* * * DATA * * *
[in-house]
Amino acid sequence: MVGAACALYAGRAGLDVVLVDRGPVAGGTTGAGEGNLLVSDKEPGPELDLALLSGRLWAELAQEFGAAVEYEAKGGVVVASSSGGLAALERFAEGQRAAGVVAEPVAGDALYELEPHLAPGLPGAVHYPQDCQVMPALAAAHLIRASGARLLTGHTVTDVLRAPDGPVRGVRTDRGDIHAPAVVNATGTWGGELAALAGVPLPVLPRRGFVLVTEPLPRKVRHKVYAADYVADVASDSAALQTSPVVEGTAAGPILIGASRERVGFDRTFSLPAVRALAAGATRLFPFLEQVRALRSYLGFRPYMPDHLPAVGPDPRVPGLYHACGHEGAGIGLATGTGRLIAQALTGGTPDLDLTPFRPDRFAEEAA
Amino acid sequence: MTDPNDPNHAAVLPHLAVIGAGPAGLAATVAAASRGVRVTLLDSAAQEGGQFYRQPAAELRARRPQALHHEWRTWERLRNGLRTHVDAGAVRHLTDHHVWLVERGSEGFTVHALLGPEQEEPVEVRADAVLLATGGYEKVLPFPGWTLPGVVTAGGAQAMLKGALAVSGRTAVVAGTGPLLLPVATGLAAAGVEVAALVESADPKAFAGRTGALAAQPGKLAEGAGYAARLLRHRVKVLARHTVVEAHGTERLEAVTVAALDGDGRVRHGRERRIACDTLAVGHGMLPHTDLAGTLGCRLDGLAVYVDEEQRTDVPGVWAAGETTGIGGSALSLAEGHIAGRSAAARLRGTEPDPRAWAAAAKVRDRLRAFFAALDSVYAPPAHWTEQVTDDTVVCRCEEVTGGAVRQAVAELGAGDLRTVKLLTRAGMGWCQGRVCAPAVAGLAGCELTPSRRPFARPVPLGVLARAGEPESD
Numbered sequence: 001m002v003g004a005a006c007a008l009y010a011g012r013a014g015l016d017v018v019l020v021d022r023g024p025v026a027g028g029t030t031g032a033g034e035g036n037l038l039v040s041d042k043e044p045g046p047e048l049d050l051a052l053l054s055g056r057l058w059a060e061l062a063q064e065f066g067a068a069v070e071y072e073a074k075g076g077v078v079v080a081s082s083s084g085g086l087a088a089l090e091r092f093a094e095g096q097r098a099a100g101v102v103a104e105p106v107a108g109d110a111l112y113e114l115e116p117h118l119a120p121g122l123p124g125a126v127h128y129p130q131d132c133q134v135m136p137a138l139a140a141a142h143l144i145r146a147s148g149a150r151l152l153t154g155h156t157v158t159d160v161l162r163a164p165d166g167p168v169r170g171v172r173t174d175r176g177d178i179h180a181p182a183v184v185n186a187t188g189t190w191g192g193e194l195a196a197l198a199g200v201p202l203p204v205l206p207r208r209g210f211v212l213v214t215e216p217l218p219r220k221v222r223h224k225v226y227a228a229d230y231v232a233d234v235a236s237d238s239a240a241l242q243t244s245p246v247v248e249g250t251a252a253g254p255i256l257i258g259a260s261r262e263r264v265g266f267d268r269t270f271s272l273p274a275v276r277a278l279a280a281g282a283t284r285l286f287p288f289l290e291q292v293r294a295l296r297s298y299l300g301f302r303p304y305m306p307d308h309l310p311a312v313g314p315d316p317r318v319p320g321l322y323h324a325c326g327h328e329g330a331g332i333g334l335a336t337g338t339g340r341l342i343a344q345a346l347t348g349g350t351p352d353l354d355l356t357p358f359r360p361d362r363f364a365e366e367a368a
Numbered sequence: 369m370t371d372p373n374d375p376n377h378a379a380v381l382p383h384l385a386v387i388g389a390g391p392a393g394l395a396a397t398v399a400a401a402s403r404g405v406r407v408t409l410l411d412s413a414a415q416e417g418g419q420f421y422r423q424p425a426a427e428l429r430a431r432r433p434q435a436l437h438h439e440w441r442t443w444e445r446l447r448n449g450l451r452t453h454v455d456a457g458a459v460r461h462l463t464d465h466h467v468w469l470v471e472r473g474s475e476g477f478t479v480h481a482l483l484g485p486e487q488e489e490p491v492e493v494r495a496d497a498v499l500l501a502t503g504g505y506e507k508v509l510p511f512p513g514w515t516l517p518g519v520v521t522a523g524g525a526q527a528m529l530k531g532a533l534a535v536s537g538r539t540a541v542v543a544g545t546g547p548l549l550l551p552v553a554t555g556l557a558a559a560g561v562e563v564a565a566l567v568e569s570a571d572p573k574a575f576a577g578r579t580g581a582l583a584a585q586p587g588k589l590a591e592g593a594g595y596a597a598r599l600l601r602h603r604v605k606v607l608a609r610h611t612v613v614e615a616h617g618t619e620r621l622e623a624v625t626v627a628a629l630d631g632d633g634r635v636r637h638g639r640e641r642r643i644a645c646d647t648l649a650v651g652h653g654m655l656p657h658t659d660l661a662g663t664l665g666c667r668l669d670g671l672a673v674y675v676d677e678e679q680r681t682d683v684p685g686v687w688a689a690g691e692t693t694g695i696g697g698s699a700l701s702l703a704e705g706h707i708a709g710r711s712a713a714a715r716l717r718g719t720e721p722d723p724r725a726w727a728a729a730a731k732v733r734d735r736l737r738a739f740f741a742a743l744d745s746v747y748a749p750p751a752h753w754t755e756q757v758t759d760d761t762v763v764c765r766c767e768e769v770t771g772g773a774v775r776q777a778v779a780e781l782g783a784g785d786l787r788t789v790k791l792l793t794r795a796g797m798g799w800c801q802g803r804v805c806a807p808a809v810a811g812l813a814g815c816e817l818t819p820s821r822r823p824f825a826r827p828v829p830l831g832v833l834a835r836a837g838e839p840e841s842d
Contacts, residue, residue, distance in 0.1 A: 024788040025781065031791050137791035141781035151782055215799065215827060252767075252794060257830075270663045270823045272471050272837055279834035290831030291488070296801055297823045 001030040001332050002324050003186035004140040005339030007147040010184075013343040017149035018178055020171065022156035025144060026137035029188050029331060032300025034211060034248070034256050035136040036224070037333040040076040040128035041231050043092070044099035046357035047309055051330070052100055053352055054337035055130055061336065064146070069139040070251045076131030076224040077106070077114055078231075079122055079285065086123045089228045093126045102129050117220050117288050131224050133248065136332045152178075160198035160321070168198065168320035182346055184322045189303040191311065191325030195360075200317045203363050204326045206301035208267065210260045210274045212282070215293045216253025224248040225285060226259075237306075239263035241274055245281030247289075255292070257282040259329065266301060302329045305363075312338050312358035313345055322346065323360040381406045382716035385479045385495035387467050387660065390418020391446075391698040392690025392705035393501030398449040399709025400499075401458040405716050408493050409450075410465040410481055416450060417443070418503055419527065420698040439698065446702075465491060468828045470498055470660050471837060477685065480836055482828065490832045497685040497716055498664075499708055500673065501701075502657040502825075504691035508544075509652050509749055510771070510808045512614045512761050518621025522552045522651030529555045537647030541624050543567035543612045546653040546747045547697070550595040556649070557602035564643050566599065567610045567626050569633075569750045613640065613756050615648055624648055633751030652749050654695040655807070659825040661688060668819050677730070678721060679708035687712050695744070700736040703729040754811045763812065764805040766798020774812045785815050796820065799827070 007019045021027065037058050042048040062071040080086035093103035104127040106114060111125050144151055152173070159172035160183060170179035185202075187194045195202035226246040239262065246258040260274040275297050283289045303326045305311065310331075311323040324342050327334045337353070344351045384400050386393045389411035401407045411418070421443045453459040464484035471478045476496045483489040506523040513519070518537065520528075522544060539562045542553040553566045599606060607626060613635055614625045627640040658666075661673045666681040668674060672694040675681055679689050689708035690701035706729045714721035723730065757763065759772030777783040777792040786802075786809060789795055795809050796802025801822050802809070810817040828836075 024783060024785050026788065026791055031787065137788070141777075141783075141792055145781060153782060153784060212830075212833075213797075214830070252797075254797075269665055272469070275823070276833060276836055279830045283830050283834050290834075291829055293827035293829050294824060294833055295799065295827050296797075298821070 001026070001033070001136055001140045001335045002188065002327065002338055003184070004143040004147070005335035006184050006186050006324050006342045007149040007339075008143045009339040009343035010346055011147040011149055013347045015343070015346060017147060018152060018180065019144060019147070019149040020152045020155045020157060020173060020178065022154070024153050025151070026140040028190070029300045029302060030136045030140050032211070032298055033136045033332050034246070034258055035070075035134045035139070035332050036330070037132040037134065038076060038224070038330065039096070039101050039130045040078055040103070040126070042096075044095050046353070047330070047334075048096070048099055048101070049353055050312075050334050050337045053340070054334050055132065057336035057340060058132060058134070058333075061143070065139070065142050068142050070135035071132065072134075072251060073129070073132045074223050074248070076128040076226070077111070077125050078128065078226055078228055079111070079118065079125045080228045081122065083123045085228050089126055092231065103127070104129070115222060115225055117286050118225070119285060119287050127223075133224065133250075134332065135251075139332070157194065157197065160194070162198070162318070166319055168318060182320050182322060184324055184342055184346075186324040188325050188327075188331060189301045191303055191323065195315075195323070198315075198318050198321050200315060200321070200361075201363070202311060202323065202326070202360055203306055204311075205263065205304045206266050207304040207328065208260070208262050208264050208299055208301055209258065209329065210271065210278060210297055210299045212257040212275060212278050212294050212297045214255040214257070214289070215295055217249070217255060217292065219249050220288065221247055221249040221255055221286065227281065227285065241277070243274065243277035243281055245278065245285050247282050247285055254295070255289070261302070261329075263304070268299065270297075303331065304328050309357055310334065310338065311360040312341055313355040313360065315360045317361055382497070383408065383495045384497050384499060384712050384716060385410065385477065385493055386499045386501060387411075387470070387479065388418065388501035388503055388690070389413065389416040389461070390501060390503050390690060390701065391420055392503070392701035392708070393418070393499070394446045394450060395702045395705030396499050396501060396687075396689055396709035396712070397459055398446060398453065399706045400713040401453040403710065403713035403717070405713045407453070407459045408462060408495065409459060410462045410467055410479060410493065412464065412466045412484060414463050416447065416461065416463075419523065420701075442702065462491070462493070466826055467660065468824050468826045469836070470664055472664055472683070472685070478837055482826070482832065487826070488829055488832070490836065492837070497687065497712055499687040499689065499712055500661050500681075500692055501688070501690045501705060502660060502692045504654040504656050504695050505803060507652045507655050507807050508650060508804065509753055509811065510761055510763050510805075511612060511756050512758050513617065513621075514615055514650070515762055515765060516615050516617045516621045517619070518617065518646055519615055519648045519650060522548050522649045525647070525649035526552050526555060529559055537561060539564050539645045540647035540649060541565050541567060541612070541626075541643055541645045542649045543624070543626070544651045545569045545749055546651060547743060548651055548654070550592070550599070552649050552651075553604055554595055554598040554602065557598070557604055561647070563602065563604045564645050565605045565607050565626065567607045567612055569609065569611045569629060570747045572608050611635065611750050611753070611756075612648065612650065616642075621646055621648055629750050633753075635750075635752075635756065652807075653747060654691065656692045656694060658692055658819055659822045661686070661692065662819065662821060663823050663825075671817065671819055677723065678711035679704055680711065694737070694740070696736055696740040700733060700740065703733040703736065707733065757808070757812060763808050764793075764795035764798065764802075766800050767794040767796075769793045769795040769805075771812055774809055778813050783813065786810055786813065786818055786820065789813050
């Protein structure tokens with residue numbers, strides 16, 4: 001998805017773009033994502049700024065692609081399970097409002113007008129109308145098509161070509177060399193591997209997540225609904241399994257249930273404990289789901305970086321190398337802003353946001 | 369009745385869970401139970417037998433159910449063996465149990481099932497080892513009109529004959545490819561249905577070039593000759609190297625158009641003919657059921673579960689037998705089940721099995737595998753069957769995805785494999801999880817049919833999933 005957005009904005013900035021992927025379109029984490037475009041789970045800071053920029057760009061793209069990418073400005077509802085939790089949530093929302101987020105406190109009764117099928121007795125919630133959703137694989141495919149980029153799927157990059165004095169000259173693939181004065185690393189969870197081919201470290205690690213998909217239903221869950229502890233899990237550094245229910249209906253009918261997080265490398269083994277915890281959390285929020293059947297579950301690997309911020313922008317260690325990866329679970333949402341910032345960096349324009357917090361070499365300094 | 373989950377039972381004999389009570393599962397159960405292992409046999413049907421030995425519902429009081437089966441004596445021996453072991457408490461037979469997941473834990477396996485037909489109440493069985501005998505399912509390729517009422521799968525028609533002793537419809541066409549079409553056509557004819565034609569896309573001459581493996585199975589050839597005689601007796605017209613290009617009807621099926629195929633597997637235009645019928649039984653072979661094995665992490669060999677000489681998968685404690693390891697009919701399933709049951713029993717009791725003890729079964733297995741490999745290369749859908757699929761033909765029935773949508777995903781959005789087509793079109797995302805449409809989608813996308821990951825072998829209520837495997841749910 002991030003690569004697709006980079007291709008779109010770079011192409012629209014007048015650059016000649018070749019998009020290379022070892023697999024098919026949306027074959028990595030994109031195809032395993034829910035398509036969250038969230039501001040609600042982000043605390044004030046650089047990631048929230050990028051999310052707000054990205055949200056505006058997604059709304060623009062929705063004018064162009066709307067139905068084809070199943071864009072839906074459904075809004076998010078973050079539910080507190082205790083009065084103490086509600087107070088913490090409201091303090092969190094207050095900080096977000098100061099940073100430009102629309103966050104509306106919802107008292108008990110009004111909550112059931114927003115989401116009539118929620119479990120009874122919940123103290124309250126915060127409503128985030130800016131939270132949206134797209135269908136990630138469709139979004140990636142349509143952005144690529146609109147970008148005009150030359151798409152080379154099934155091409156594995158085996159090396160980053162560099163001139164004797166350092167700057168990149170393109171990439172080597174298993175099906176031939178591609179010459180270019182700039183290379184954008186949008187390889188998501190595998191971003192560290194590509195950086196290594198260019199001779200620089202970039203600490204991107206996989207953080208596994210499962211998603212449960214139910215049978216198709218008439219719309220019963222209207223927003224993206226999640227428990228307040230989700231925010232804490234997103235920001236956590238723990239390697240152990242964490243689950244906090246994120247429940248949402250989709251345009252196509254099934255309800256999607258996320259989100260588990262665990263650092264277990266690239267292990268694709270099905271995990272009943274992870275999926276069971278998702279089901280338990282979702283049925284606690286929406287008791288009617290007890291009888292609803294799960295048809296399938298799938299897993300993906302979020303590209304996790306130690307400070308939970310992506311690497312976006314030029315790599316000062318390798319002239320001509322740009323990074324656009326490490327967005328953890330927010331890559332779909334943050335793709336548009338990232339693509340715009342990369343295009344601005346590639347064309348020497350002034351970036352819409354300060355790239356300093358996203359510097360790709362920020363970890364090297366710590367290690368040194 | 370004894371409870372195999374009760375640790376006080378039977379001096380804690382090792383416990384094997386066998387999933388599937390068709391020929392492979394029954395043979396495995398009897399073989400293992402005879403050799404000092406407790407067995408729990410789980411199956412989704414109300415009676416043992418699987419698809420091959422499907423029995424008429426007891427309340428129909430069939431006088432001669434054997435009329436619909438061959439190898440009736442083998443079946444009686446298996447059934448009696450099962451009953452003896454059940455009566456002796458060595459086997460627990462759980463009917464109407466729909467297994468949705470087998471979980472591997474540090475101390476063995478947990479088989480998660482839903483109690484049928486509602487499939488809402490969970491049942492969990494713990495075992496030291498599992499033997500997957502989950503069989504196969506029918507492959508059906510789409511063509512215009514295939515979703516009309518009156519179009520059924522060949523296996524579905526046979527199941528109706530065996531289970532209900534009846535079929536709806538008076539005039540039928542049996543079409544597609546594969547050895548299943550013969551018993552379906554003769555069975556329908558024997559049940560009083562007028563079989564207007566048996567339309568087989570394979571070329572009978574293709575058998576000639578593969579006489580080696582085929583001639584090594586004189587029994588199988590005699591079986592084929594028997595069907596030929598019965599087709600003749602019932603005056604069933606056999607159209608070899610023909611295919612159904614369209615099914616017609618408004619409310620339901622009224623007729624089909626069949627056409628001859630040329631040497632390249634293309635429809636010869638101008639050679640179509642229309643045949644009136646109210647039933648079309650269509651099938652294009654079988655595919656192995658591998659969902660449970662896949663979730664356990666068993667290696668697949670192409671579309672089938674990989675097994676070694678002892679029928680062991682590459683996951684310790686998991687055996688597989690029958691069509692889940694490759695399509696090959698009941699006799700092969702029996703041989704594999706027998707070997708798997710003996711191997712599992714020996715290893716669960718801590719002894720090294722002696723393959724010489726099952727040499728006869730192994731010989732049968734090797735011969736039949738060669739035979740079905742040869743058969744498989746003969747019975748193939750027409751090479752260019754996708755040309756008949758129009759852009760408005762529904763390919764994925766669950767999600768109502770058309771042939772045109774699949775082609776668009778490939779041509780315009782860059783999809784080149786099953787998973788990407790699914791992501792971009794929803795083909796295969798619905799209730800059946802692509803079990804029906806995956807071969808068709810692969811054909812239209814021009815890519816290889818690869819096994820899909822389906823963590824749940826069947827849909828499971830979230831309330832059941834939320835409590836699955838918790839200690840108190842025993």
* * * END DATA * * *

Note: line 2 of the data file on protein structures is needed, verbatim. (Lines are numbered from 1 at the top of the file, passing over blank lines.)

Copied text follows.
Amino acid sequence: MVGAACALYAGRAGLDVVLVDRGPVAGGTTGAGEGNLLVSDKEPGPELDLALLSGRLWAELAQEFGAAVEYEAKGGVVVASSSGGLAALERFAEGQRAAGVVAEPVAGDALYELEPHLAPGLPGAVHYPQDCQVMPALAAAHLIRASGARLLTGHTVTDVLRAPDGPVRGVRTDRGDIHAPAVVNATGTWGGELAALAGVPLPVLPRRGFVLVTEPLPRKVRHKVYAADYVADVASDSAALQTSPVVEGTAAGPILIGASRERVGFDRTFSLPAVRALAAGATRLFPFLEQVRALRSYLGFRPYMPDHLPAVGPDPRVPGLYHACGHEGAGIGLATGTGRLIAQALTGGTPDLDLTPFRPDRFAEEAA